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# Haskell - Monads

**Monads** are nothing but a type of Applicative Functor with some extra features. It is a Type class which governs three basic rules known as **monadic rules**.

All the three rules are strictly applicable over a Monad declaration which is as follows −

class Monad m where return :: a -> m a (>>=) :: m a -> (a -> m b) -> m b (>>) :: m a -> m b -> m b x >> y = x >>= \_ -> y fail :: String -> m a fail msg = error msg

The three basic laws that are applicable over a Monad declaration are −

**Left Identity Law**− The**return**function does not change the value and it should not change anything in the Monad. It can be expressed as "return >=> mf = mf".**Right Identity Law**− The**return**function does not change the value and it should not change anything in the Monad. It can be expressed as "mf >=> return = mf".**Associativity**− According to this law, both Functors and Monad instance should work in the same manner. It can be mathematically expressed as "( f >==>g) >=> h =f >= >(g >=h)".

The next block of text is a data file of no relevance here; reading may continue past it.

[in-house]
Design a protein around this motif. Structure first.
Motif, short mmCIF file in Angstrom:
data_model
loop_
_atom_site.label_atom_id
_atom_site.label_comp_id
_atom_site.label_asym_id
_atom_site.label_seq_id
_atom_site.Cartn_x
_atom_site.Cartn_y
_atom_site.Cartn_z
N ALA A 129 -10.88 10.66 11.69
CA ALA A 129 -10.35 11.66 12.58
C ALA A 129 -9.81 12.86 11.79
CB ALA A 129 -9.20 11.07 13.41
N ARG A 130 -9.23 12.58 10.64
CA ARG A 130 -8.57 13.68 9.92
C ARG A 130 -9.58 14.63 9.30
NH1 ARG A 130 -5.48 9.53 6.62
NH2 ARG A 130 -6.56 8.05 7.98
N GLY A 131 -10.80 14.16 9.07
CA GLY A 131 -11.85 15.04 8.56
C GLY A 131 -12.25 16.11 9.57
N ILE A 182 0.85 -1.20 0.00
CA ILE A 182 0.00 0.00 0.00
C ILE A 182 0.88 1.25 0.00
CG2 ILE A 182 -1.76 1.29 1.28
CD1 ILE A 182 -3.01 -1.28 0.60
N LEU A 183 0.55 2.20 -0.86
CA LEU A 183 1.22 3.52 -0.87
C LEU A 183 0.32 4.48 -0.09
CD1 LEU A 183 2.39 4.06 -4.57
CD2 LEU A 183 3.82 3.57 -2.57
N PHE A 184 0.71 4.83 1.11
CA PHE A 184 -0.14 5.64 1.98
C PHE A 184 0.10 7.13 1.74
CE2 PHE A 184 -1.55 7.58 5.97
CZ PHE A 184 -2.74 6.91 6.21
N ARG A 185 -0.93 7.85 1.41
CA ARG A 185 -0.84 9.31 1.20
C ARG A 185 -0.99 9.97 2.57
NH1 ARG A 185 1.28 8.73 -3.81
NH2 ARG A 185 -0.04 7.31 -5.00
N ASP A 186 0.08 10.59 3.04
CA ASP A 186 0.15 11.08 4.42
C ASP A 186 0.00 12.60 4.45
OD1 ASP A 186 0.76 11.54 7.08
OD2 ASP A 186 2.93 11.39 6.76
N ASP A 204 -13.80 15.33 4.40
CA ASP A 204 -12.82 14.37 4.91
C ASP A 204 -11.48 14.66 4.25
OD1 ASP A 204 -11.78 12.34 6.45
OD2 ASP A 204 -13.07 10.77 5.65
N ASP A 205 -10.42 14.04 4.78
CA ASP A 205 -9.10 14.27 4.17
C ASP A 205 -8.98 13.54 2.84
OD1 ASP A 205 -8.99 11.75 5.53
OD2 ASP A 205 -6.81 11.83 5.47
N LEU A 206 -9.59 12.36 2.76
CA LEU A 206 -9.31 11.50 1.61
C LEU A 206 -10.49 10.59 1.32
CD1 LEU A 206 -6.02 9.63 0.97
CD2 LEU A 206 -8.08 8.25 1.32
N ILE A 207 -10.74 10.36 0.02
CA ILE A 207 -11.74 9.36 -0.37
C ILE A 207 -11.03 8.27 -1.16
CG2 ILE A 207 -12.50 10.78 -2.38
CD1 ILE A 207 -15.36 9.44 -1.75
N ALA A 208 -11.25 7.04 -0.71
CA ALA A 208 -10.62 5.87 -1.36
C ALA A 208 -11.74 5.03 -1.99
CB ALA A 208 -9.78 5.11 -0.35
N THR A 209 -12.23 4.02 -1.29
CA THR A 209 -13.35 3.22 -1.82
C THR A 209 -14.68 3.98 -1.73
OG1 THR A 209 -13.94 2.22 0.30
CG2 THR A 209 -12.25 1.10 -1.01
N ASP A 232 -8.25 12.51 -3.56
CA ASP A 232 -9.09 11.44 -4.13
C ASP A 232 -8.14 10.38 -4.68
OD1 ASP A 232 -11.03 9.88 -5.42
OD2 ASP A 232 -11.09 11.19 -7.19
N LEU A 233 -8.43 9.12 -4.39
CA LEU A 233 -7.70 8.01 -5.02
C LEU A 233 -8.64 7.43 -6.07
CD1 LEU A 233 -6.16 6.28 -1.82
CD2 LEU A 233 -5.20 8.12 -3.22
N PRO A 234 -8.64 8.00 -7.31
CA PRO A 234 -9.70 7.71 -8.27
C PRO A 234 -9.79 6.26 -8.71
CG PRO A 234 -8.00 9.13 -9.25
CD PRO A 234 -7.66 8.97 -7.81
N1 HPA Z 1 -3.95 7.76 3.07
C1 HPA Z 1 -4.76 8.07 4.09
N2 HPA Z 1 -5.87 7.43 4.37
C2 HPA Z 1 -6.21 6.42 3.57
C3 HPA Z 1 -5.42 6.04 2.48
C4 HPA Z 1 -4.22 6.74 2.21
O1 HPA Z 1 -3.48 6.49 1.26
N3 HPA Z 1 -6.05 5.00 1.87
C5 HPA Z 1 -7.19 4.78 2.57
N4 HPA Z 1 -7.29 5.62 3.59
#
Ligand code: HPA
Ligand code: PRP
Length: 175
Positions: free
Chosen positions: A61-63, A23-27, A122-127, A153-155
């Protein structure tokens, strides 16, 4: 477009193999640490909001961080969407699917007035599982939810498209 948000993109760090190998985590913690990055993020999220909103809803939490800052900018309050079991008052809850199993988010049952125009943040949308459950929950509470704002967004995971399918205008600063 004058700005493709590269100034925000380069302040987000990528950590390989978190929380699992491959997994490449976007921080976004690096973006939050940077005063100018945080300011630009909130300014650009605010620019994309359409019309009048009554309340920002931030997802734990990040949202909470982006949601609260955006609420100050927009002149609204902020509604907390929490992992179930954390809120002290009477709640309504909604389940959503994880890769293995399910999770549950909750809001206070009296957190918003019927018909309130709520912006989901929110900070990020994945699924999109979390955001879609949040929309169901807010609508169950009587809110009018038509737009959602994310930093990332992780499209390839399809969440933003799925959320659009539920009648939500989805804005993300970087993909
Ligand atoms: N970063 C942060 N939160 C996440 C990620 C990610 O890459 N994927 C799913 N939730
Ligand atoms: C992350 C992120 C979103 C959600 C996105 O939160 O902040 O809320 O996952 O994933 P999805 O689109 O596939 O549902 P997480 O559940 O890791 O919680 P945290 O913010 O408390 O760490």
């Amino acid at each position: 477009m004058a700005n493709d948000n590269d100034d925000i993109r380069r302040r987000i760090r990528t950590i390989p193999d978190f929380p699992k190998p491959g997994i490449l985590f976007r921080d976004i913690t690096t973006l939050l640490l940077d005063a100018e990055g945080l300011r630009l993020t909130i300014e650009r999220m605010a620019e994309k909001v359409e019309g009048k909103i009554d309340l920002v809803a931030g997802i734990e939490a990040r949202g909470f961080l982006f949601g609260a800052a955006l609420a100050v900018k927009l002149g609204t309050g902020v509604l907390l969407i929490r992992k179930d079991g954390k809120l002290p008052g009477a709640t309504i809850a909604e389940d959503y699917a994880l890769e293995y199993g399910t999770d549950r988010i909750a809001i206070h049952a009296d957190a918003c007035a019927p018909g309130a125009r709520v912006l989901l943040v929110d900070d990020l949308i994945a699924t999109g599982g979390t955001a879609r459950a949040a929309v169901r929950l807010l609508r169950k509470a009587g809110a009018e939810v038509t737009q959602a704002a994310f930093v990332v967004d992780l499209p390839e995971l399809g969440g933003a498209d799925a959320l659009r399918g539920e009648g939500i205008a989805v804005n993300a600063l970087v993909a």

The first two laws iterate the same point, i.e., a **return** should have identity behavior on both sides of the **bind** operator.

We have already used lots of Monads in our previous examples without realizing that they are Monad. Consider the following example where we are using a List Monad to generate a specific list.

main = do print([1..10] >>= (\x -> if odd x then [x*2] else []))

This code will produce the following output −

[2,6,10,14,18]